Although it's conjecture, based on the fact that he's already served 35 months behind bars, Lillard likely will be out sooner rather than later, relative to the 2030 date referenced by the judge. Basically, his fate is now in the hands of the state's Parole Board.
Lillard's son, Carson, became teary-eyed and emotional, as lead prosecutor described the other man involved in the case, Clark Heindel, who committed suicide after the May 2019 incident. Carson Lillard was a good friend of Heindel's and was actually at the trial to support the Marinanne Shockley family, and Carson Lillard has maintained that he believes that his father killed Shockley, and he feels strongly about that. Shockley's family, meanwhile, became emotional after the not guilty verdicts were read, several family members visibly angry and upset.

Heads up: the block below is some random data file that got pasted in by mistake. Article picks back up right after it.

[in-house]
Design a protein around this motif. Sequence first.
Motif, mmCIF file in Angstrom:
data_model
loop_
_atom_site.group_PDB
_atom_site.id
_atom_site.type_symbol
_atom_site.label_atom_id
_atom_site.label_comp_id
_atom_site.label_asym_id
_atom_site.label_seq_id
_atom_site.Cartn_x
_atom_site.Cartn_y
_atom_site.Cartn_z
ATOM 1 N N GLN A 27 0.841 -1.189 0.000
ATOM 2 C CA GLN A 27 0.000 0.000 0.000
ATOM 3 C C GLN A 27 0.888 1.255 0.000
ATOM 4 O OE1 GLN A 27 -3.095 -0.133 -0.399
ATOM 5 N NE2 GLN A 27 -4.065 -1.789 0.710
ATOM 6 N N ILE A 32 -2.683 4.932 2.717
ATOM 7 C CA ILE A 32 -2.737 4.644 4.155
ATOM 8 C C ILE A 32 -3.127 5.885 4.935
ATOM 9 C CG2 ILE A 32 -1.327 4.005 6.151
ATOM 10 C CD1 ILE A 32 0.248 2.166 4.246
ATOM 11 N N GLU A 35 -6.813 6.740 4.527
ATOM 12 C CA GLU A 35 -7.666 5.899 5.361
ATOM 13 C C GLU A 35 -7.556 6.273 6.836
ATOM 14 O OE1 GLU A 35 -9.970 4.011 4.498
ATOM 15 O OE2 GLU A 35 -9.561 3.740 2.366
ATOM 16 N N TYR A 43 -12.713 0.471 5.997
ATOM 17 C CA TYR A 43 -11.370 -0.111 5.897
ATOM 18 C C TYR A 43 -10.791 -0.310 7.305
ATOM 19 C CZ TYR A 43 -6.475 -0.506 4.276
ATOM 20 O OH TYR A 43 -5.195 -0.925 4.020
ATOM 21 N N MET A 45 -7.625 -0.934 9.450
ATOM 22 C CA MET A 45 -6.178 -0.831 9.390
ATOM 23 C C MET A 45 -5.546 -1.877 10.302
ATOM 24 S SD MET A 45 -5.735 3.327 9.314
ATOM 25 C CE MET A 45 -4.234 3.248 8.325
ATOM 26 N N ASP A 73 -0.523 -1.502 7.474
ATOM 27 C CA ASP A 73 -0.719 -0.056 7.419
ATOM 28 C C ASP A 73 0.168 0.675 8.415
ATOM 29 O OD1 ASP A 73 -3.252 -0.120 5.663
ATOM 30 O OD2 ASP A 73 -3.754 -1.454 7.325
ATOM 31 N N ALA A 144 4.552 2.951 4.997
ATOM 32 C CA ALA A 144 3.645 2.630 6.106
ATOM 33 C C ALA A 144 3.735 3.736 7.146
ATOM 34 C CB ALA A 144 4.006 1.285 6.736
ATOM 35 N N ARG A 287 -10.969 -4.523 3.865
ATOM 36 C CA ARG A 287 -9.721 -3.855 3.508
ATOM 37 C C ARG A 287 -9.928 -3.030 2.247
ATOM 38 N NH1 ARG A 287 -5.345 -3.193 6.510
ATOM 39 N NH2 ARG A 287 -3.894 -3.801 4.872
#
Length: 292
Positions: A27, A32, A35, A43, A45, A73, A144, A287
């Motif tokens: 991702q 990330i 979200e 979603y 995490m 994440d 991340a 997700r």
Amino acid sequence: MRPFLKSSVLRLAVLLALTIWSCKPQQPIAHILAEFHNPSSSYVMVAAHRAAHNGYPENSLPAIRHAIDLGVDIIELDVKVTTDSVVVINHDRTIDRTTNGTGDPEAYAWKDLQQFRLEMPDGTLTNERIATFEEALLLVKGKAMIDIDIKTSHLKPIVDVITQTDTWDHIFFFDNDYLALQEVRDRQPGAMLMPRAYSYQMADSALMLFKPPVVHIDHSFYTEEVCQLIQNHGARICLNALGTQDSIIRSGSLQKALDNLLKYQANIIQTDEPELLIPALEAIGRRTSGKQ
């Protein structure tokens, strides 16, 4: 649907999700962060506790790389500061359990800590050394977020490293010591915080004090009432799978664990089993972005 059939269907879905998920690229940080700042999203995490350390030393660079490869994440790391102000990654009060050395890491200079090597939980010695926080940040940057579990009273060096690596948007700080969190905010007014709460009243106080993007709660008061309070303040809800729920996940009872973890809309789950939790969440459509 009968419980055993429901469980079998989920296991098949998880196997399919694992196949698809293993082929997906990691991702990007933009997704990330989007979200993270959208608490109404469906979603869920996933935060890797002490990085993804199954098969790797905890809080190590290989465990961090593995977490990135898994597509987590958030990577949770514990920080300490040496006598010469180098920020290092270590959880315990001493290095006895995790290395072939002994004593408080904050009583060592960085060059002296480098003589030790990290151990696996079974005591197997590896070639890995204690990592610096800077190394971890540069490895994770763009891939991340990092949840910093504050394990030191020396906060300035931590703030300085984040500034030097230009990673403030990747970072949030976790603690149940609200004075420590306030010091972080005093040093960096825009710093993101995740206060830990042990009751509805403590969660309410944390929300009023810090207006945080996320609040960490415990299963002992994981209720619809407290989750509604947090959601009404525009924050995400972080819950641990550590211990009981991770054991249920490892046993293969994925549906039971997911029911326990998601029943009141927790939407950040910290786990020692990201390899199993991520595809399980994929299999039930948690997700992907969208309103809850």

So, how'd that happen?
The jury, including alternates, was comprised of five black males, four white males, three white males and two white females. They only needed around one hour to come back with a verdict.
Essentially, you need all 12 primary jurors to convict, which didn't happen. Tucker did a solid job of poking holes in the prosecution's case and also did a good job of confusing the jury, throwing out a variety of different theories and possibilities and what-ifs.
Lead Prosecutor Nancy Malcor also did a solid job, but that fact that none of Lillard's DNA was found on Shockley's skin and none in Shockley's "sexual assault kit" possibly had an impact on the jury. Malcor contended no DNA was present because the sex occurred in the hot tub. Part of Malcom's closing arguments can be viewed in the video immediately below. Malcor blasted Lillard in the closing arguments, accusing him of preying on vulnerable women and becoming violent with them during sex.